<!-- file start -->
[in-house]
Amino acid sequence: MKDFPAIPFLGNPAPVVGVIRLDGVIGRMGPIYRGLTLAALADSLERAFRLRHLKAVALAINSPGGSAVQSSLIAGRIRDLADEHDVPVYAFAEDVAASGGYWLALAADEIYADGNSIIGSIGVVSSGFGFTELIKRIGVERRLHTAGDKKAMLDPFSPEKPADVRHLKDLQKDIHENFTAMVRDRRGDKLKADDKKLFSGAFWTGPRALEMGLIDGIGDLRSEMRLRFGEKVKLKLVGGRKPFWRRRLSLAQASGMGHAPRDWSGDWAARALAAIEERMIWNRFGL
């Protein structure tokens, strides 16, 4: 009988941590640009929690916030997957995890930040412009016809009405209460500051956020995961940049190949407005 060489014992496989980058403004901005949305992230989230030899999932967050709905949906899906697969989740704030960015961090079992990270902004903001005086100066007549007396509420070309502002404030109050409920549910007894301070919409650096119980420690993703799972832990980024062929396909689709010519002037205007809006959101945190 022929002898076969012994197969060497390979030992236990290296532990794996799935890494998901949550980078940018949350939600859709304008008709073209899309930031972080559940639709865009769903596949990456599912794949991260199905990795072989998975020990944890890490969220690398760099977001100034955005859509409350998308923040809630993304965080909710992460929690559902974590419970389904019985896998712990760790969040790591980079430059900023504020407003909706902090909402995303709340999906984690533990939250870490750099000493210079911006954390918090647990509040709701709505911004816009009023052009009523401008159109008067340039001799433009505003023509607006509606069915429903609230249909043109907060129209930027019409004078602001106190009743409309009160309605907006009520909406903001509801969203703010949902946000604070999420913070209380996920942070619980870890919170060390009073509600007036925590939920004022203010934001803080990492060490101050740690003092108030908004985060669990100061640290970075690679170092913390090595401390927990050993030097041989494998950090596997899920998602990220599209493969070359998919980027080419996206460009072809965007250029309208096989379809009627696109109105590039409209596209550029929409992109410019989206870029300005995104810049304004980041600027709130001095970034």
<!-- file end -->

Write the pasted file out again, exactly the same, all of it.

[in-house]
Amino acid sequence: MKDFPAIPFLGNPAPVVGVIRLDGVIGRMGPIYRGLTLAALADSLERAFRLRHLKAVALAINSPGGSAVQSSLIAGRIRDLADEHDVPVYAFAEDVAASGGYWLALAADEIYADGNSIIGSIGVVSSGFGFTELIKRIGVERRLHTAGDKKAMLDPFSPEKPADVRHLKDLQKDIHENFTAMVRDRRGDKLKADDKKLFSGAFWTGPRALEMGLIDGIGDLRSEMRLRFGEKVKLKLVGGRKPFWRRRLSLAQASGMGHAPRDWSGDWAARALAAIEERMIWNRFGL
């Protein structure tokens, strides 16, 4: 009988941590640009929690916030997957995890930040412009016809009405209460500051956020995961940049190949407005 060489014992496989980058403004901005949305992230989230030899999932967050709905949906899906697969989740704030960015961090079992990270902004903001005086100066007549007396509420070309502002404030109050409920549910007894301070919409650096119980420690993703799972832990980024062929396909689709010519002037205007809006959101945190 022929002898076969012994197969060497390979030992236990290296532990794996799935890494998901949550980078940018949350939600859709304008008709073209899309930031972080559940639709865009769903596949990456599912794949991260199905990795072989998975020990944890890490969220690398760099977001100034955005859509409350998308923040809630993304965080909710992460929690559902974590419970389904019985896998712990760790969040790591980079430059900023504020407003909706902090909402995303709340999906984690533990939250870490750099000493210079911006954390918090647990509040709701709505911004816009009023052009009523401008159109008067340039001799433009505003023509607006509606069915429903609230249909043109907060129209930027019409004078602001106190009743409309009160309605907006009520909406903001509801969203703010949902946000604070999420913070209380996920942070619980870890919170060390009073509600007036925590939920004022203010934001803080990492060490101050740690003092108030908004985060669990100061640290970075690679170092913390090595401390927990050993030097041989494998950090596997899920998602990220599209493969070359998919980027080419996206460009072809965007250029309208096989379809009627696109109105590039409209596209550029929409992109410019989206870029300005995104810049304004980041600027709130001095970034």